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Kiss The Lips

Lake Louie Brewing
Arena, WI
USA
http://lakelouie.com

Style: India Pale Ale (IPA)

Eddie’s Rating:
one beerone beerone beerone beerone beer   (Recommended)


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Arena, Wisconsin sits a little less than an hour west of Madison, and is one of those tiny drive-through towns that if you blink, you will literally miss it. Lurking in the outskirts is the equally tiny brewery, Lake Louie, owned and operated by a dude named Tom Porter. The brewery resides in a shed on the other side of Tom’s driveway and the whole thing is basically a one-man operation. Beer doesn’t get much more hand-crafted than this, folks.

The first time I happened across Lake Louie’s stuff was nearly four years ago, when it was only available in growlers. I bought a batch of the Farmhouse Ale, and honestly don’t remember all that much about it. Now, four years later, Lake Louie is a hot commodity in the Madison area, and the beer that’s getting a lot of attention is the IPA, with the slightly off-kilter moniker of Kiss The Lips. So, of course, I had to grab myself a six-pack and see what the what-what was.

It pours beneath a thick white, fine-bubbled head. As everyone knows, IPA stands for India pale ale (which was, at the time and place of its introduction, only considered pale in comparison to normal beers of the day, which were mostly porters and stouts), but Tom Porter takes the pale a little too literally here. It is a very light amber, probably the lightest IPA I’ve every seen.

Right away the hoppy aroma comes up at you, like any IPA worth its salt should, although not as strongly as some IPAs, or even plain old pales ales sometimes can. Most brewers usually use harder water for IPAs and pale ales, as this strips some of the body from the beer, letting the hop profile shine on its own. But Kiss The Lips seems almost to go the opposite direction, with a very soft, almost buttery mouthfeel. It works, though. A nice balance of bitter and fruity hops doesn’t hurt the equation, either. There’s some orange peel and coriander, maybe saltine crackers lurking around on the edges.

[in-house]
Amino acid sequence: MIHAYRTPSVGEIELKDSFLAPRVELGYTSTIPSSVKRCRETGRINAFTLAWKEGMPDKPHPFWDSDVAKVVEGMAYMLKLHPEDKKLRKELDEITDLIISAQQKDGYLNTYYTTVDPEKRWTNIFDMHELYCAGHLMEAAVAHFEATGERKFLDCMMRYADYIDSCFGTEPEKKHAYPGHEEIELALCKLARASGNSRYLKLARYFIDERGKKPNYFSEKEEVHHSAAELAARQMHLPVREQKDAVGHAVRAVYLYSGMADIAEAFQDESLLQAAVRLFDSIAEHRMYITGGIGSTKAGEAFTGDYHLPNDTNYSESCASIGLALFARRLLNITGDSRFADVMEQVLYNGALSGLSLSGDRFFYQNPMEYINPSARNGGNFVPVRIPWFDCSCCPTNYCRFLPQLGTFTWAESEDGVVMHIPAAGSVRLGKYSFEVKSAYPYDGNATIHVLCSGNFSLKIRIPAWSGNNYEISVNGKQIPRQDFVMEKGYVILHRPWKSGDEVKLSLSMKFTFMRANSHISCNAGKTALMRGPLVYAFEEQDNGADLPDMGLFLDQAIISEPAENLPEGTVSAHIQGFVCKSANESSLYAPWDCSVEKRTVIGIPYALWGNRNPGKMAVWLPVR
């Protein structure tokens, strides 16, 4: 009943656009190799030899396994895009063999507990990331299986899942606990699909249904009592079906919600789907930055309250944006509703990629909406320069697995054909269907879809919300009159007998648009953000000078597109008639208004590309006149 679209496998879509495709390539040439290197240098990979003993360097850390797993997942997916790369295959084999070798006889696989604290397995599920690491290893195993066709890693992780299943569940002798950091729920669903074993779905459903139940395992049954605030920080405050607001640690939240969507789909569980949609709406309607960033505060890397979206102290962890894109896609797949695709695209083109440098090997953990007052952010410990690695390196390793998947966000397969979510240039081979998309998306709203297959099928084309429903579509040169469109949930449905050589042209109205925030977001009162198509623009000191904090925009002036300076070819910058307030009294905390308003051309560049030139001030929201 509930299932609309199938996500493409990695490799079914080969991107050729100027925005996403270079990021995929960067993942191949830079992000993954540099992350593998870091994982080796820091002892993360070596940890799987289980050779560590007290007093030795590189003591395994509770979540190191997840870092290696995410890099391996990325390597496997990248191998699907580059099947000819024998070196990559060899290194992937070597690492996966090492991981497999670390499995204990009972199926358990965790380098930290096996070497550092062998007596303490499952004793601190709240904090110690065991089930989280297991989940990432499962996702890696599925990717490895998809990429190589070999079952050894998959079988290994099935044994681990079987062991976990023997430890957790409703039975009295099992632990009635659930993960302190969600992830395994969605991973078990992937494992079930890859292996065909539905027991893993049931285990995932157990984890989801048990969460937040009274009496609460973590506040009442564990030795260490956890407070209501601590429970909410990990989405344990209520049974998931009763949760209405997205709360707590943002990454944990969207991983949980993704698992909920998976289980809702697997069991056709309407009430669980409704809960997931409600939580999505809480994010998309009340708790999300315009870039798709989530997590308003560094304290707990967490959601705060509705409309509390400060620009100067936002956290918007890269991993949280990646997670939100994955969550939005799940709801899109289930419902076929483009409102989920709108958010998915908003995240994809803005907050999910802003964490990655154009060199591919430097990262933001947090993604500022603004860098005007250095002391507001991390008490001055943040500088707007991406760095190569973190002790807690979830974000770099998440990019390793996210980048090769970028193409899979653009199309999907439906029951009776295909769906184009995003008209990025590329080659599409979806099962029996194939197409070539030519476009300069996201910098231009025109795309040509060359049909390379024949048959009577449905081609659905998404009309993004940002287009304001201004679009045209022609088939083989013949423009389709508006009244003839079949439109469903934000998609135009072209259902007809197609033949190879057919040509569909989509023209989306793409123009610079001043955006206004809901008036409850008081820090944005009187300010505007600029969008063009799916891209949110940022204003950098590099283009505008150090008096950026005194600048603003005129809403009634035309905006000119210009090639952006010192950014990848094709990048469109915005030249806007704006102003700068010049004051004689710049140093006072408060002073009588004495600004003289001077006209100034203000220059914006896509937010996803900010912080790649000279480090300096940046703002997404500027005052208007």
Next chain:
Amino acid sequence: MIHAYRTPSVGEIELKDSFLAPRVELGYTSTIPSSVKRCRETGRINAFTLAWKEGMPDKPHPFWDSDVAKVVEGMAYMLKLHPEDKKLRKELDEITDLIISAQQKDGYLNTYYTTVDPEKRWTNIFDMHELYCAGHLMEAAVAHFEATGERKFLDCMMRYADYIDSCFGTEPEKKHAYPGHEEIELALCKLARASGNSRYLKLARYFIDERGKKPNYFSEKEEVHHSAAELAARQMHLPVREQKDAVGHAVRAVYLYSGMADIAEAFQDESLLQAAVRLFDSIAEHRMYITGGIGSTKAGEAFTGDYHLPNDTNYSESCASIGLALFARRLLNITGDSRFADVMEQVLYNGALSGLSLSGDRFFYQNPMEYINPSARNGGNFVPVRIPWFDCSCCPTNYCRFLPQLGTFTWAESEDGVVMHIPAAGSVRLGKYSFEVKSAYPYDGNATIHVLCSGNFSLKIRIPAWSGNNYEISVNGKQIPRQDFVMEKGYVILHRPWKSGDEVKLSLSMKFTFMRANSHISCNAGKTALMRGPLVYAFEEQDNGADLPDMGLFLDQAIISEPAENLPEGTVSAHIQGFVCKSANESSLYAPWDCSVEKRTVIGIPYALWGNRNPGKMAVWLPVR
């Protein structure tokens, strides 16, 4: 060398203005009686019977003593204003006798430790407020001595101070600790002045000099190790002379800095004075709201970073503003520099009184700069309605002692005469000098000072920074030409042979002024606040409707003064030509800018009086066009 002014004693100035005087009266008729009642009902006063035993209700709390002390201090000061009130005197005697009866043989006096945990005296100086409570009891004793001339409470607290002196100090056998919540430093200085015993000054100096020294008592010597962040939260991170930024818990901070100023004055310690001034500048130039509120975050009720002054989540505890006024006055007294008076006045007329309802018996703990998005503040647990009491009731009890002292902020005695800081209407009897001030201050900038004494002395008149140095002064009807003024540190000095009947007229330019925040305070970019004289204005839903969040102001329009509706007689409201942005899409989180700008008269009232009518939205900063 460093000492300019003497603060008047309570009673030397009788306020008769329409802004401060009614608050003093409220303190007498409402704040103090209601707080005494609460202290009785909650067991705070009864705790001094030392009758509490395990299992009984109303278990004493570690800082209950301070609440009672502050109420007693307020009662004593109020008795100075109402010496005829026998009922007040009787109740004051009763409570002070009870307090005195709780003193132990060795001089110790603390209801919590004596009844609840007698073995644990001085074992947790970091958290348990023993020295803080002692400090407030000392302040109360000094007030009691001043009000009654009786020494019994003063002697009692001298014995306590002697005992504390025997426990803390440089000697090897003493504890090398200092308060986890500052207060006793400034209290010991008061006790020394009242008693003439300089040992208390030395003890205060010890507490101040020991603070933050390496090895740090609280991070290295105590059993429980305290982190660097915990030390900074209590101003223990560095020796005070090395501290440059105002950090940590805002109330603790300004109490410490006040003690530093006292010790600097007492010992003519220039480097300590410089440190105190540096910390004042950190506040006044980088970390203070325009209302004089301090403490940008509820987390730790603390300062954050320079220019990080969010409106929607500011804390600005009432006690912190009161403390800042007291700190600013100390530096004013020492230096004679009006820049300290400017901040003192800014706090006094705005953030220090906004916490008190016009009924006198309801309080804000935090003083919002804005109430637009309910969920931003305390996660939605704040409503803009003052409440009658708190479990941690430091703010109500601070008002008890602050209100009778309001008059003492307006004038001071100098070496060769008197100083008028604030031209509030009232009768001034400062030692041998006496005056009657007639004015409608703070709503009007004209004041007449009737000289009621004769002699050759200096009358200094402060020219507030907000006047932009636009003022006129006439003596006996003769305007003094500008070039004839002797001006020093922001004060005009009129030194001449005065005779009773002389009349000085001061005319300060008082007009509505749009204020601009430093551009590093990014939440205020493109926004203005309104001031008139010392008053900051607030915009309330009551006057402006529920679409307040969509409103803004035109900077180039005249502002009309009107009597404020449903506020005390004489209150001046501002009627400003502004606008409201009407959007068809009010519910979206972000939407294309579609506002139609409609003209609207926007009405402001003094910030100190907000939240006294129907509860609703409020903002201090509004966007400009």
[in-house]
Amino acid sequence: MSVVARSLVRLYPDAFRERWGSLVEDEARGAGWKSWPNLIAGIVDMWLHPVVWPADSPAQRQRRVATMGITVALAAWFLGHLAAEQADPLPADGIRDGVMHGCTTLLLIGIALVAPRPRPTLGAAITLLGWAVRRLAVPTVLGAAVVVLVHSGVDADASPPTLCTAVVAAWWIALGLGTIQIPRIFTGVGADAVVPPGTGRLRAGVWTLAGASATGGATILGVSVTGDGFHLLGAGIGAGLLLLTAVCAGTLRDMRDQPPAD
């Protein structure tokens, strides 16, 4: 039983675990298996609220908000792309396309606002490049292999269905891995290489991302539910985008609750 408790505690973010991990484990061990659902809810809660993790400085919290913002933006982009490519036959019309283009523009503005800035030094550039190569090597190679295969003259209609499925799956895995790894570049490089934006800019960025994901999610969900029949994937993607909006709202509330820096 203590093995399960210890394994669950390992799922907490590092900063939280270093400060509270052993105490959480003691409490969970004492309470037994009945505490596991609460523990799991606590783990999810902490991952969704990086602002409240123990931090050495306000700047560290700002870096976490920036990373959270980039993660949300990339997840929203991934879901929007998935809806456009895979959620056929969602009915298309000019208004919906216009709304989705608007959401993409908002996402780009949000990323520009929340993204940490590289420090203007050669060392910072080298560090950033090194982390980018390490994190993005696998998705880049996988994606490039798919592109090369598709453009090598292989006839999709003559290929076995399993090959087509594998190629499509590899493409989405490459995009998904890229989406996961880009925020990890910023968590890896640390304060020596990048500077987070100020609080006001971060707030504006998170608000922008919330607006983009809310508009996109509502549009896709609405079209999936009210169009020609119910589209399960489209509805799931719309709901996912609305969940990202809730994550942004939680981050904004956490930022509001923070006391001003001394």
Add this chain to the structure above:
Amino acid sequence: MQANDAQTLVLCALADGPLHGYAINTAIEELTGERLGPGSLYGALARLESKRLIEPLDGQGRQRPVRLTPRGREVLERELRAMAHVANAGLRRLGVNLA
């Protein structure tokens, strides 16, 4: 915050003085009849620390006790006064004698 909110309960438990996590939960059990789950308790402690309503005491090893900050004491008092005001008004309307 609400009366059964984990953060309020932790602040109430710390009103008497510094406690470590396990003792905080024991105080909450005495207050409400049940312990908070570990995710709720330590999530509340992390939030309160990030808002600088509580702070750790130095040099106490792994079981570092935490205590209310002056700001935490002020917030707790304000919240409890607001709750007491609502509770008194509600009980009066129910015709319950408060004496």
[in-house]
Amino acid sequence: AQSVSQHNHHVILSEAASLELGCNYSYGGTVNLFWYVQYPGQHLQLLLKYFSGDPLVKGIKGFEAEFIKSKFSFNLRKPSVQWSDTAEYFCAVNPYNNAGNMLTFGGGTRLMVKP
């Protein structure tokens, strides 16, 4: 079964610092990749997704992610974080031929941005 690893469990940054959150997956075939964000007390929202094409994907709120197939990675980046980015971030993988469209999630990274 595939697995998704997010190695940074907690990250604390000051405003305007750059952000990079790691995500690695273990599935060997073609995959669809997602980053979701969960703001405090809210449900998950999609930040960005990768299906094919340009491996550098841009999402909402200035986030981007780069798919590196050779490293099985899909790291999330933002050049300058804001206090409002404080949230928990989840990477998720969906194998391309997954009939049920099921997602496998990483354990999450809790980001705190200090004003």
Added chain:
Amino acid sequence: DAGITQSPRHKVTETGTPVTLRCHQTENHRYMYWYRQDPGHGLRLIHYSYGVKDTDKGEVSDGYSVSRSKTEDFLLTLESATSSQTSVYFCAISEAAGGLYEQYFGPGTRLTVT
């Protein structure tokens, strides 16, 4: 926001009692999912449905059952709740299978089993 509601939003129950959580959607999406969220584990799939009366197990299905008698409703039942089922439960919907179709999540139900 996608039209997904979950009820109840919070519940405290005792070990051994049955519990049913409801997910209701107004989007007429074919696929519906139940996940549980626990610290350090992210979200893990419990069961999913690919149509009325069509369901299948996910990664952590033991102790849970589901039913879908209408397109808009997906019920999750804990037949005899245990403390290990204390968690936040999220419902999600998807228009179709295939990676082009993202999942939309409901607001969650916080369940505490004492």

All this comes at you from the get go, and then, when you’re expecting some maltiness to bring up the rear, there’s … nothing. There’s this weird vacuum of taste, something you wouldn’t see in even the lightest of pale ales. It’s actually kind of spooky, at first. But as the beer warms, it slowly fills out, growing in complexity and heaviness of body, until toward the final sip it’s as if that strange void had never really existed.

Overall an interesting entry with lots of surprises from start to finish. Tasty, drinkable, and without a doubt recommended.

Reviewed by Eddie Glick on June 3, 2007.
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